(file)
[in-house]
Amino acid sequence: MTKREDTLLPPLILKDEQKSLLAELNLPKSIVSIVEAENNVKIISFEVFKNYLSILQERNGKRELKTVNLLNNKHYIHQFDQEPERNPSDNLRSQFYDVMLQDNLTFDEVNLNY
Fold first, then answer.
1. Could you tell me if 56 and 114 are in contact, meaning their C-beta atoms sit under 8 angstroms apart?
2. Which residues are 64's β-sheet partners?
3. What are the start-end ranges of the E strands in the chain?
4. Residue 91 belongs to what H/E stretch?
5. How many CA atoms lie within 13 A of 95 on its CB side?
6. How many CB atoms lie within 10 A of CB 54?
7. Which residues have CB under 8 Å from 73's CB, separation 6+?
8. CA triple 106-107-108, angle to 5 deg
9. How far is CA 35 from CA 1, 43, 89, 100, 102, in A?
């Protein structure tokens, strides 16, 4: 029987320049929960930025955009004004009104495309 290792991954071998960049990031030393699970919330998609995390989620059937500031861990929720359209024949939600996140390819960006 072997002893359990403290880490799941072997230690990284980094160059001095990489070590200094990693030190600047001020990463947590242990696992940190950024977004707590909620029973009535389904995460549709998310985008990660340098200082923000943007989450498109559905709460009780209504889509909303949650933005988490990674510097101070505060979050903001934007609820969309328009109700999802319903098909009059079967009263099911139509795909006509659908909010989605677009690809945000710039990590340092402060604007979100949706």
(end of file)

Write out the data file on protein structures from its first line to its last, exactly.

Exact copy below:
[in-house]
Amino acid sequence: MTKREDTLLPPLILKDEQKSLLAELNLPKSIVSIVEAENNVKIISFEVFKNYLSILQERNGKRELKTVNLLNNKHYIHQFDQEPERNPSDNLRSQFYDVMLQDNLTFDEVNLNY
Fold first, then answer.
1. Could you tell me if 56 and 114 are in contact, meaning their C-beta atoms sit under 8 angstroms apart?
2. Which residues are 64's β-sheet partners?
3. What are the start-end ranges of the E strands in the chain?
4. Residue 91 belongs to what H/E stretch?
5. How many CA atoms lie within 13 A of 95 on its CB side?
6. How many CB atoms lie within 10 A of CB 54?
7. Which residues have CB under 8 Å from 73's CB, separation 6+?
8. CA triple 106-107-108, angle to 5 deg
9. How far is CA 35 from CA 1, 43, 89, 100, 102, in A?
């Protein structure tokens, strides 16, 4: 029987320049929960930025955009004004009104495309 290792991954071998960049990031030393699970919330998609995390989620059937500031861990929720359209024949939600996140390819960006 072997002893359990403290880490799941072997230690990284980094160059001095990489070590200094990693030190600047001020990463947590242990696992940190950024977004707590909620029973009535389904995460549709998310985008990660340098200082923000943007989450498109559905709460009780209504889509909303949650933005988490990674510097101070505060979050903001934007609820969309328009109700999802319903098909009059079967009263099911139509795909006509659908909010989605677009690809945000710039990590340092402060604007979100949706």